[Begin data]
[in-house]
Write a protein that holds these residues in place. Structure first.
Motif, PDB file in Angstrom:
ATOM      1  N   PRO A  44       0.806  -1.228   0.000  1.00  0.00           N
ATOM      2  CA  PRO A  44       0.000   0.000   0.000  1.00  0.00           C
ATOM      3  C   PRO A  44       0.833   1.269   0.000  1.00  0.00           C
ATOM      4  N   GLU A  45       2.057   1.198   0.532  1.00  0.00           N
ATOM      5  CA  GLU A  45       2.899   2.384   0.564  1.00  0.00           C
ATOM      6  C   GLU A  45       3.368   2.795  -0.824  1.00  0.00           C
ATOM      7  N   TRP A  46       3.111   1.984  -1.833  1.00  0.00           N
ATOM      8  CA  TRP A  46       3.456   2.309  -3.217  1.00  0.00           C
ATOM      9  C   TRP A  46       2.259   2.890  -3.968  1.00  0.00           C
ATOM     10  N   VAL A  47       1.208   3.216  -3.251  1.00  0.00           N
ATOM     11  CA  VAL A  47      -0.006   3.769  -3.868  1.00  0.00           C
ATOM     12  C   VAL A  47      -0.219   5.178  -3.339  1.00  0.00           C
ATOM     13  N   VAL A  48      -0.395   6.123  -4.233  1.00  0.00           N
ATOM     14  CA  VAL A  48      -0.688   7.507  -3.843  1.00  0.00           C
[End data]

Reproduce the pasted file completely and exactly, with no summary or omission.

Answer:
[in-house]
Write a protein that holds these residues in place. Structure first.
Motif, PDB file in Angstrom:
ATOM      1  N   PRO A  44       0.806  -1.228   0.000  1.00  0.00           N
ATOM      2  CA  PRO A  44       0.000   0.000   0.000  1.00  0.00           C
ATOM      3  C   PRO A  44       0.833   1.269   0.000  1.00  0.00           C
ATOM      4  N   GLU A  45       2.057   1.198   0.532  1.00  0.00           N
ATOM      5  CA  GLU A  45       2.899   2.384   0.564  1.00  0.00           C
ATOM      6  C   GLU A  45       3.368   2.795  -0.824  1.00  0.00           C
ATOM      7  N   TRP A  46       3.111   1.984  -1.833  1.00  0.00           N
ATOM      8  CA  TRP A  46       3.456   2.309  -3.217  1.00  0.00           C
ATOM      9  C   TRP A  46       2.259   2.890  -3.968  1.00  0.00           C
ATOM     10  N   VAL A  47       1.208   3.216  -3.251  1.00  0.00           N
ATOM     11  CA  VAL A  47      -0.006   3.769  -3.868  1.00  0.00           C
ATOM     12  C   VAL A  47      -0.219   5.178  -3.339  1.00  0.00           C
ATOM     13  N   VAL A  48      -0.395   6.123  -4.233  1.00  0.00           N
ATOM     14  CA  VAL A  48      -0.688   7.507  -3.843  1.00  0.00           C